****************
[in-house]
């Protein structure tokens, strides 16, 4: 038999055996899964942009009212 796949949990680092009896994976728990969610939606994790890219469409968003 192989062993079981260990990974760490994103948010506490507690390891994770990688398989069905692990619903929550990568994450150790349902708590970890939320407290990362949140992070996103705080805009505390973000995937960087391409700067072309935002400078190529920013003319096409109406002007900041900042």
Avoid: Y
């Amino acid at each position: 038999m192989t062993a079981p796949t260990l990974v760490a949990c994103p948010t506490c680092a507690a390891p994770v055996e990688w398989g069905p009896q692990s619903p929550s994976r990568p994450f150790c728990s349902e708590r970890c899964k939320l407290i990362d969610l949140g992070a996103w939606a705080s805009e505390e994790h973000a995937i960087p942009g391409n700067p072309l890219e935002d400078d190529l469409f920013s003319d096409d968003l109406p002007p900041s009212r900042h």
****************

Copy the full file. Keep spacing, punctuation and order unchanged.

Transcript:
[in-house]
């Protein structure tokens, strides 16, 4: 038999055996899964942009009212 796949949990680092009896994976728990969610939606994790890219469409968003 192989062993079981260990990974760490994103948010506490507690390891994770990688398989069905692990619903929550990568994450150790349902708590970890939320407290990362949140992070996103705080805009505390973000995937960087391409700067072309935002400078190529920013003319096409109406002007900041900042």
Avoid: Y
């Amino acid at each position: 038999m192989t062993a079981p796949t260990l990974v760490a949990c994103p948010t506490c680092a507690a390891p994770v055996e990688w398989g069905p009896q692990s619903p929550s994976r990568p994450f150790c728990s349902e708590r970890c899964k939320l407290i990362d969610l949140g992070a996103w939606a705080s805009e505390e994790h973000a995937i960087p942009g391409n700067p072309l890219e935002d400078d190529l469409f920013s003319d096409d968003l109406p002007p900041s009212r900042h």